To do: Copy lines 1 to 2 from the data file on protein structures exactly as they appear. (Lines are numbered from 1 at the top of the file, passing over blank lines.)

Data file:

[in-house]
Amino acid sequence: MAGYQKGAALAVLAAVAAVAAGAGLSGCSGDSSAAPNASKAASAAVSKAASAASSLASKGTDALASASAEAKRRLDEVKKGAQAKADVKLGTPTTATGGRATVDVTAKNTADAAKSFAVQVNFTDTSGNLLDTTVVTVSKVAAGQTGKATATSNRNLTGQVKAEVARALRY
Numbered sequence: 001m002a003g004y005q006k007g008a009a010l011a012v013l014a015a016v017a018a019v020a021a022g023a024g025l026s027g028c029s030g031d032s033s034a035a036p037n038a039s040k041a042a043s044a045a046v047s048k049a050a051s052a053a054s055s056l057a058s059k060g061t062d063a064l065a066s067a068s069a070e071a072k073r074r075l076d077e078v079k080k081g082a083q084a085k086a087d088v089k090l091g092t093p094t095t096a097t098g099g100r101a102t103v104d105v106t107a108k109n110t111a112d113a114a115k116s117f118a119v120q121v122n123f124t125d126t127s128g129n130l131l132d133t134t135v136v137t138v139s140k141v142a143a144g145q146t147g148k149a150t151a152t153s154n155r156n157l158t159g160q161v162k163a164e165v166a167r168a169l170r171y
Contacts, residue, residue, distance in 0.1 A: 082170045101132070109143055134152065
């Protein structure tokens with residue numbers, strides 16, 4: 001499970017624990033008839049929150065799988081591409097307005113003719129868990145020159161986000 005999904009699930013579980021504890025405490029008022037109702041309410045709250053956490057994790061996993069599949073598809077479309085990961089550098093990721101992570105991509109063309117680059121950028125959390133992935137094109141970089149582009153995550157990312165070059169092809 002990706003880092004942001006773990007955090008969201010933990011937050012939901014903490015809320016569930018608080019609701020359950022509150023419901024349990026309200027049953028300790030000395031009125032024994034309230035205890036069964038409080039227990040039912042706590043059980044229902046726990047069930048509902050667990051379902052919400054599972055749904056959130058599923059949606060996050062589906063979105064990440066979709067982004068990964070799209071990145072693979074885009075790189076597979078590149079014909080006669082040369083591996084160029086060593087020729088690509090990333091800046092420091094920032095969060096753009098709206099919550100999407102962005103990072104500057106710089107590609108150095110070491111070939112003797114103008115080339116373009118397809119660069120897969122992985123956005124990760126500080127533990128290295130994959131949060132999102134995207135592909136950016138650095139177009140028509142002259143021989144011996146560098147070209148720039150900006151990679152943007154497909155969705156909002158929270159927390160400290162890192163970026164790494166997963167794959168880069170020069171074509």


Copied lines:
[in-house]
Amino acid sequence: MAGYQKGAALAVLAAVAAVAAGAGLSGCSGDSSAAPNASKAASAAVSKAASAASSLASKGTDALASASAEAKRRLDEVKKGAQAKADVKLGTPTTATGGRATVDVTAKNTADAAKSFAVQVNFTDTSGNLLDTTVVTVSKVAAGQTGKATATSNRNLTGQVKAEVARALRY